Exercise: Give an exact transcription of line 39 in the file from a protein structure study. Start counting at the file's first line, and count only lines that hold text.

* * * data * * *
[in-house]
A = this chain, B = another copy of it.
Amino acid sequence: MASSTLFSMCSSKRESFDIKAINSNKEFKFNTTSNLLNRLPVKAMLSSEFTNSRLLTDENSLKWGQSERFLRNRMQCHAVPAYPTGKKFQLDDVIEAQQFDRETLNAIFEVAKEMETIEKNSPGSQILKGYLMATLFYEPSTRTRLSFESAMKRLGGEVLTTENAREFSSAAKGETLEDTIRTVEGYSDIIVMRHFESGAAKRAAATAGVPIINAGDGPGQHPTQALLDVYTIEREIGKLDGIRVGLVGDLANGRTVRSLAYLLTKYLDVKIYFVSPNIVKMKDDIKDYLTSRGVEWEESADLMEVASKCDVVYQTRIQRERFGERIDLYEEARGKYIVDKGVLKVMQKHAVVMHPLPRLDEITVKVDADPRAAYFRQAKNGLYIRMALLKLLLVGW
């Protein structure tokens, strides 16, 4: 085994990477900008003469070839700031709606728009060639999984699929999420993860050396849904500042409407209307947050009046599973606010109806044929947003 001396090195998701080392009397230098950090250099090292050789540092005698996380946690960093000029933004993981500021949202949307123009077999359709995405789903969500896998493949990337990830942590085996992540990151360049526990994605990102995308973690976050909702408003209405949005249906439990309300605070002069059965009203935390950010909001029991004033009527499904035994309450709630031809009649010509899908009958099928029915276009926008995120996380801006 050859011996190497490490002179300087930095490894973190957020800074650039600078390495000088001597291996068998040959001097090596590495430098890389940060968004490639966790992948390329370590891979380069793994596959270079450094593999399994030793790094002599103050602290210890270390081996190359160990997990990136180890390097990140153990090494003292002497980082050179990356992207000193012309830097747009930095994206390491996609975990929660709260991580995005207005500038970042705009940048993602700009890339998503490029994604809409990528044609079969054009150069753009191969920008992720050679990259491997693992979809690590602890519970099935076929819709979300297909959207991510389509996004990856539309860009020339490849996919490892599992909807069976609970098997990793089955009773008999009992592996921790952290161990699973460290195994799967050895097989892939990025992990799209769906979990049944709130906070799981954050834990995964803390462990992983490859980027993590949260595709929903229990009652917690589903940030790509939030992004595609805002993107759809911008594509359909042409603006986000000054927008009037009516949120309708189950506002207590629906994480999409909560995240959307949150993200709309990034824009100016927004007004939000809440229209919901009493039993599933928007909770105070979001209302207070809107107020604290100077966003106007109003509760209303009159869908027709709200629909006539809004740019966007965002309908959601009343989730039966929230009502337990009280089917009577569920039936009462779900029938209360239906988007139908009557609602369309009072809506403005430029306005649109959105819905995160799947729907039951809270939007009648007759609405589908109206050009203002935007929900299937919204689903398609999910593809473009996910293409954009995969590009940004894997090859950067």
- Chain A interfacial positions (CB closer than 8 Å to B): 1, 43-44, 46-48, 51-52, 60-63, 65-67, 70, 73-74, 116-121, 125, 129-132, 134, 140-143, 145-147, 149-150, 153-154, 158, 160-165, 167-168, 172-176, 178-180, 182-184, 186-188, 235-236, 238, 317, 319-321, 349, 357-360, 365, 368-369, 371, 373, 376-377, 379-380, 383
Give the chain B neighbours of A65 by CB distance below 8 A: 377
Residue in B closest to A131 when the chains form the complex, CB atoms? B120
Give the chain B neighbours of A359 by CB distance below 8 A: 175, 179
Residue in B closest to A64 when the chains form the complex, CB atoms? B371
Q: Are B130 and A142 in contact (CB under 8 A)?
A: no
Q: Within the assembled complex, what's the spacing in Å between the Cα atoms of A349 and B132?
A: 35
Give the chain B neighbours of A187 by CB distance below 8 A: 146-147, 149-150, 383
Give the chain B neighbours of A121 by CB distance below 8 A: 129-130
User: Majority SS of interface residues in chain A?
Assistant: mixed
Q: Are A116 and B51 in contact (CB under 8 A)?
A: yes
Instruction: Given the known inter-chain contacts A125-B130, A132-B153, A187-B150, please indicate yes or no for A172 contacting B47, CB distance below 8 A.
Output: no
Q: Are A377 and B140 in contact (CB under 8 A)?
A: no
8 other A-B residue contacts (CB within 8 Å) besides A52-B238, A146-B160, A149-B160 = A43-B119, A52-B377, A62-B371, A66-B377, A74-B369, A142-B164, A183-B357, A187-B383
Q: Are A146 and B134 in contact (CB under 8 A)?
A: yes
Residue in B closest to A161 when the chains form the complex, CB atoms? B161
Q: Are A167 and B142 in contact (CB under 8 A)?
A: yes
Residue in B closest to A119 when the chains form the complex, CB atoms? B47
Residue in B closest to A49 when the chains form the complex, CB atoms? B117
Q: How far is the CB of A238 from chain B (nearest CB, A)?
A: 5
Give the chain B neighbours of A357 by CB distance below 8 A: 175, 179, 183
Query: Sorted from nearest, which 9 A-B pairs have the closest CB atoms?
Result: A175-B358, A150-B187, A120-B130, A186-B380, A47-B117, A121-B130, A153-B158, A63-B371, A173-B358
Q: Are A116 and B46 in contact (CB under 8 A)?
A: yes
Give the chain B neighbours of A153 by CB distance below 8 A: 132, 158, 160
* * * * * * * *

Give the chain B neighbours of A153 by CB distance below 8 A: 132, 158, 160